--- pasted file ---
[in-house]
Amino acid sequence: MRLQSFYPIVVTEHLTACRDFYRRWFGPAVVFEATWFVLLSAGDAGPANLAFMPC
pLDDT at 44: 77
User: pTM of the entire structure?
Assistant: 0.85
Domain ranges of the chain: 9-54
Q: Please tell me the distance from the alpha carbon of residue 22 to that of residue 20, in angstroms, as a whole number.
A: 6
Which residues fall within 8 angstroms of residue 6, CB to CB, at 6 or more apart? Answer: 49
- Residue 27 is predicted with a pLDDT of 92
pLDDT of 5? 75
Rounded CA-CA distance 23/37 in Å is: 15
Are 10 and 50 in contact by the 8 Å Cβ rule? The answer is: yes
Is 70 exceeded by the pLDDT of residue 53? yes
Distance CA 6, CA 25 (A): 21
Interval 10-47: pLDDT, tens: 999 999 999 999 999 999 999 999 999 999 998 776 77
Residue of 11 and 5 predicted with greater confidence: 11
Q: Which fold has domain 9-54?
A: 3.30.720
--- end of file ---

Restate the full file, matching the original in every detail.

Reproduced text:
[in-house]
Amino acid sequence: MRLQSFYPIVVTEHLTACRDFYRRWFGPAVVFEATWFVLLSAGDAGPANLAFMPC
pLDDT at 44: 77
User: pTM of the entire structure?
Assistant: 0.85
Domain ranges of the chain: 9-54
Q: Please tell me the distance from the alpha carbon of residue 22 to that of residue 20, in angstroms, as a whole number.
A: 6
Which residues fall within 8 angstroms of residue 6, CB to CB, at 6 or more apart? Answer: 49
- Residue 27 is predicted with a pLDDT of 92
pLDDT of 5? 75
Rounded CA-CA distance 23/37 in Å is: 15
Are 10 and 50 in contact by the 8 Å Cβ rule? The answer is: yes
Is 70 exceeded by the pLDDT of residue 53? yes
Distance CA 6, CA 25 (A): 21
Interval 10-47: pLDDT, tens: 999 999 999 999 999 999 999 999 999 999 998 776 77
Residue of 11 and 5 predicted with greater confidence: 11
Q: Which fold has domain 9-54?
A: 3.30.720